[Moving picture of popcorn]

Laramie Movie Scope:
The Imaginarium of Doctor Parnassus

That old imagination is back at it again

[Strip of film rule]
by Robert Roten, Film Critic
[Strip of film rule]

January 10, 2010 -- “The Imaginarium of Doctor Parnassus” is a film of remarkable visual imagination from the unique vision of writer-director Terry Gilliam. I am not a big fan of Gilliam's films, although “The Fisher King” is a masterpiece, and you'd be hard pressed to find anything funnier than “Monty Python and the Holy Grail,” but I do think Gilliam is a genius when it comes to creating his own imaginary world on film. Other than Tim Burton, there aren't any other directors who are able to create the kind of fantastic alternate realities that Terry Gilliam can. Sometimes, his films turn into disasters (one was chronicled in the documentary “Lost in La Mancha”) others misfire, but there is never a lack of imagination in a Gilliam film.

“The Imaginarium of Doctor Parnassus” is not one of Gilliam's masterpieces, but it does have some of his best work in terms of visual imagination. The film's plot wobbles a lot, but the basic idea is that Doctor Parnassus (Christopher Plummer of “The Lake House”) is the good guy, and Mr. Nick (played by Tom Waits of “Wristcutters: A Love Story”) is the bad guy, the devil, in fact. In a wager with Mr. Nick, Parnassus received eternal life, but Parnassus' daughter, Valentina (Lily Cole of “Rage”) must surrender her soul to Mr. Nick on her 16th birthday. The bet is altered to allow Valentina to escape this fate if Doctor Parnassus can convert five souls to his own, less materialistic, way of thinking by Valentina's birthday, which is only days away.

Dr. Parnassus travels around in an ungainly carnival wagon which can be set up for stage performances anywhere. The centerpiece of the show is a mirror through which a person can pass into Dr. Parnassus' imagination. Those who pass through the mirror encounter a variety of worlds, some realistic, others cartoon-like. These journeys into imagination are where Gilliam really cuts loose. There are ladders from the ground into clouds, giant heads popping up out of the ground, strange creatures and stranger landscapes. The images range from colorful daydreams to dark nightmares (Mr. Nick also inhabits this world beyond the mirror). Those who are converted to Parnassus' way of thinking come out with joy in their hearts. Those who follow the path of Mr. Nick are destroyed. There are important choices to be made in Dr. Parnassus' Imaginarium.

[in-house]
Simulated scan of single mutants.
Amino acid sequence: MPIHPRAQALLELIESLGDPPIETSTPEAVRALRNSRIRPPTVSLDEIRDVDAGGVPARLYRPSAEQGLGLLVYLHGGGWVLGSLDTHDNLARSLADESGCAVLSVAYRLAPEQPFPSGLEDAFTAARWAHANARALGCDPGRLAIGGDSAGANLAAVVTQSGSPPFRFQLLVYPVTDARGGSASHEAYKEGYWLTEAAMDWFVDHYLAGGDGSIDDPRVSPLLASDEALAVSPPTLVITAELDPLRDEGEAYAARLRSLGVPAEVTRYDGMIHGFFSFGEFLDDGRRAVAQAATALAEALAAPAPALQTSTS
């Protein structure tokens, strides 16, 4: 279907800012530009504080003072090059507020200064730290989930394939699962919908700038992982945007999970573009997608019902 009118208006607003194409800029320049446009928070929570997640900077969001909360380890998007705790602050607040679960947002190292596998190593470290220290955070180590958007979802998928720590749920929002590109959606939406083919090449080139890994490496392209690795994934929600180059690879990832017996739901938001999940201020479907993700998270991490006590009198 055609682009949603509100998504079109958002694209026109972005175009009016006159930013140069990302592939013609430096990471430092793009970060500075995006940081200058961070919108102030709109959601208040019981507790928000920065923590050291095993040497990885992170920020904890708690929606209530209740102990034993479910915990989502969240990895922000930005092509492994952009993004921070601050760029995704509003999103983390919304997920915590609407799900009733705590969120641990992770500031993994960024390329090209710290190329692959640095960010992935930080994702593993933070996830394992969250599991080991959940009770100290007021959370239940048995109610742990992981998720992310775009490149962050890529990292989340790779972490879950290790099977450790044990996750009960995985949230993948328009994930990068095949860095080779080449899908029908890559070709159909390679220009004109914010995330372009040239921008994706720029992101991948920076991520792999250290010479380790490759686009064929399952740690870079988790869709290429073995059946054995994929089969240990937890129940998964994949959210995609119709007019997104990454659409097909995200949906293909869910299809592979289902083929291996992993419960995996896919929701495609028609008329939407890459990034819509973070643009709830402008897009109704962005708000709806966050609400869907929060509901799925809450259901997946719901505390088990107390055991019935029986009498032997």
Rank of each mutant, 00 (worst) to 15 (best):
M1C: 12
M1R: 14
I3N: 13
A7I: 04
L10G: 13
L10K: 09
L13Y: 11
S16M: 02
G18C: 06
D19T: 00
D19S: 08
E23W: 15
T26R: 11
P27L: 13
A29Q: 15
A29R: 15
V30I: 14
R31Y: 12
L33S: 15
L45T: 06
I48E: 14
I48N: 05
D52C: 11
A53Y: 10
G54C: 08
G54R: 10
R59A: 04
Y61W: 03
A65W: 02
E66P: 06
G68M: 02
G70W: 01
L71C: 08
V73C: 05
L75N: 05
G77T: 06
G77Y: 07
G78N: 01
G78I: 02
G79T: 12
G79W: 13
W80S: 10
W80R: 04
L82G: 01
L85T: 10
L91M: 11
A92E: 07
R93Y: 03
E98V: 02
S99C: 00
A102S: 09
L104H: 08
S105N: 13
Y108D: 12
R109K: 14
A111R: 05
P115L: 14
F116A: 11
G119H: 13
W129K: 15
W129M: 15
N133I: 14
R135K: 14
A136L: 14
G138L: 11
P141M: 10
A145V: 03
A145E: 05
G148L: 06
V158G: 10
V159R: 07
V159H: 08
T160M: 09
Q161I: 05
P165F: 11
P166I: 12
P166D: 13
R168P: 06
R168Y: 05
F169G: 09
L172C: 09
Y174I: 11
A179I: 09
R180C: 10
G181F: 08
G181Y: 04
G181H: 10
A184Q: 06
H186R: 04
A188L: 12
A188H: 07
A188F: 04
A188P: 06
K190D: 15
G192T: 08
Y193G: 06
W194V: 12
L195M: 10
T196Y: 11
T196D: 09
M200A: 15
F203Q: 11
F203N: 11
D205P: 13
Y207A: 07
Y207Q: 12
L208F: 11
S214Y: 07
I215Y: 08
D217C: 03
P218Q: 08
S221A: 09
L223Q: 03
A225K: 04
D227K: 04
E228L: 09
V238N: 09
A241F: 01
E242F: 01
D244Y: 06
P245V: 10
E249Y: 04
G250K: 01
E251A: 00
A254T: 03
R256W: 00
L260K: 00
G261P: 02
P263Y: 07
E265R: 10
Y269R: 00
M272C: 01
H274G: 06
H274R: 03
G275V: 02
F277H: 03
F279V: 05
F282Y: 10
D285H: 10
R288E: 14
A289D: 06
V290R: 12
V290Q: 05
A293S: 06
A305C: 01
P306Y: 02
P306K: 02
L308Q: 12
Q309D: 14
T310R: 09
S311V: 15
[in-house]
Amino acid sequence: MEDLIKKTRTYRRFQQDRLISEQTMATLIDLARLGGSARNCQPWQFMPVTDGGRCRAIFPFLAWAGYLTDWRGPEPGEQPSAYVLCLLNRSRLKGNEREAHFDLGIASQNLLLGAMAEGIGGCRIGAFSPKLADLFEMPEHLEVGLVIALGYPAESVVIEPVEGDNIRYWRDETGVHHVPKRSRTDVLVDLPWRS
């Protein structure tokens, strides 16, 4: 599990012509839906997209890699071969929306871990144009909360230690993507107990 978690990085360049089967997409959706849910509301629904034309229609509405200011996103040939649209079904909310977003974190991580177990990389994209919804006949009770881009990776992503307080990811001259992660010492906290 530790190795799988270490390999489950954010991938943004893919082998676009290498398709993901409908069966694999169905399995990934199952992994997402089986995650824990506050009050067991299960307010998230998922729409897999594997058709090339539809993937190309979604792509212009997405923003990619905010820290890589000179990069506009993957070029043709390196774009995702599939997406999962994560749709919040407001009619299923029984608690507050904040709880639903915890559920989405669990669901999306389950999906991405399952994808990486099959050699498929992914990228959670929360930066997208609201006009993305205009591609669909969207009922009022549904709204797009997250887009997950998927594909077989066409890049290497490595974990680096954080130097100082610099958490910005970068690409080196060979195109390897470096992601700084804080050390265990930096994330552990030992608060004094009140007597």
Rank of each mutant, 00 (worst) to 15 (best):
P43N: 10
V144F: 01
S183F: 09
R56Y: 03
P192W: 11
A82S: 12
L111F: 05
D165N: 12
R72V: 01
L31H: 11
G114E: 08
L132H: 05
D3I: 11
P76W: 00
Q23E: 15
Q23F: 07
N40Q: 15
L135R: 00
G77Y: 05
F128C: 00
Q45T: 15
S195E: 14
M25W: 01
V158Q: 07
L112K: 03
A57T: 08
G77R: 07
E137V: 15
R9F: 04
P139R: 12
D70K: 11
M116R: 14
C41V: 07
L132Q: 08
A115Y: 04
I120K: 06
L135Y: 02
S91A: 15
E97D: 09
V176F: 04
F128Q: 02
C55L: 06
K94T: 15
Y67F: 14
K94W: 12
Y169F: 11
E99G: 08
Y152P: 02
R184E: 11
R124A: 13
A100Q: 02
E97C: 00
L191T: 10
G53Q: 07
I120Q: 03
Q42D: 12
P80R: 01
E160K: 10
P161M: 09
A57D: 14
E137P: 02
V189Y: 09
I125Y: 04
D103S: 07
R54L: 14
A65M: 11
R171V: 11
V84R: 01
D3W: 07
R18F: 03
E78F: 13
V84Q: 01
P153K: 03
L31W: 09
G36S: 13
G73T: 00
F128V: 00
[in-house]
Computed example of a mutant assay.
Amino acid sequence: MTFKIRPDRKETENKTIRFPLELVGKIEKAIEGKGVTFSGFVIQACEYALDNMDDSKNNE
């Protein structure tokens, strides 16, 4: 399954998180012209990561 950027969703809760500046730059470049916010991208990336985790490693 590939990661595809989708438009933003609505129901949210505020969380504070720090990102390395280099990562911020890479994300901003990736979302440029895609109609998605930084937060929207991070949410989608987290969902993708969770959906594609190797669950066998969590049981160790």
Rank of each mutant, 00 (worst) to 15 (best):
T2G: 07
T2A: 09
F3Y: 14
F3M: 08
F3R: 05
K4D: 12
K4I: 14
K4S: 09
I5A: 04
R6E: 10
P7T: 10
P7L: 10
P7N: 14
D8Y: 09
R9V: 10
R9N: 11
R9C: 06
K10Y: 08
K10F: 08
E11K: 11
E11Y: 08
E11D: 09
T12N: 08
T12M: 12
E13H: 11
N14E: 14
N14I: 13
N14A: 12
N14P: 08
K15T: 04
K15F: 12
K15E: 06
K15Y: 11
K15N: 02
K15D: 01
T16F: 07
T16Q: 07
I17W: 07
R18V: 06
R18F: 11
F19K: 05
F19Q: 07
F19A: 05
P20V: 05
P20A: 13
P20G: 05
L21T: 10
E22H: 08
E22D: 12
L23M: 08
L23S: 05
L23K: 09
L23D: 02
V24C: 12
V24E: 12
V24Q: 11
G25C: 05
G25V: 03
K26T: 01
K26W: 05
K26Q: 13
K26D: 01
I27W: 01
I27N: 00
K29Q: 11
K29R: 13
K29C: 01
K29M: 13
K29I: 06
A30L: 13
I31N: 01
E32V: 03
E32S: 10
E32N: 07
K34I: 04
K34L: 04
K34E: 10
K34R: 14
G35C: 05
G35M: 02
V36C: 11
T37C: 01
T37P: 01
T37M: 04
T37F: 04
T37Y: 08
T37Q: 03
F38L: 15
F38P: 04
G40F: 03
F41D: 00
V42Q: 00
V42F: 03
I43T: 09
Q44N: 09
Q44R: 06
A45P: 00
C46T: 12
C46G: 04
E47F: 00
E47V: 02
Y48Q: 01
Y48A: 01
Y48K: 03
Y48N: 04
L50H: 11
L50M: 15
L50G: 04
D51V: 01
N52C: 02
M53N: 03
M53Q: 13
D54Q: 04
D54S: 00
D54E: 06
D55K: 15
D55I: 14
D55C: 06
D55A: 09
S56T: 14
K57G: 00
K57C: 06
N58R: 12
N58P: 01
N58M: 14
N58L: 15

The convoluted plot involves other characters including Tony (Heath Ledger of “The Dark Knight” in his last film appearance prior to his untimely death. The film is dedicated to him). Tony has alter-egos which appear in the imaginarium (played by Jude Law of “Sherlock Holmes”, Colin Farrell of “Crazy Heart” and Johnny Depp of “Sweeney Todd: The Demon Barber of Fleet Street”). Also in the mix is the sidekick, and conscience, of Dr. Parnassus, Percy (Vern Troyer of “Austin Powers in Goldmember”). The story is odd and doesn't really hang together very well, but the film is worth watching mainly to experience the wonder of Mr. Gilliam's fantastic visual imagination. This film rates a B.

Click here for links to places to buy or rent this movie in digital formats, or to buy the soundtrack, posters, books, even used videos, games, electronics and lots of other stuff. I suggest you shop at least two of these places before buying anything. Prices seem to vary continuously. For more information on this film, click on this link to The Internet Movie Database. Type in the name of the movie in the search box and press enter. You will be able to find background information on the film, the actors, and links to much more information.

[Strip of film rule]
Copyright © 2010 Robert Roten. All rights reserved.
Reproduced with the permission of the copyright holder.
[Strip of film rule]
Back to the Laramie Movie Scope index.
[Rule made of Seventh Seal sillouettes]

Robert Roten can be reached via e-mail at my last name at lariat dot org. [Mailer button: image of letter and envelope]

(If you e-mail me with a question about this or any other movie or review, please mention the name of the movie you are asking the question about, otherwise I may have no way of knowing which film you are referring to)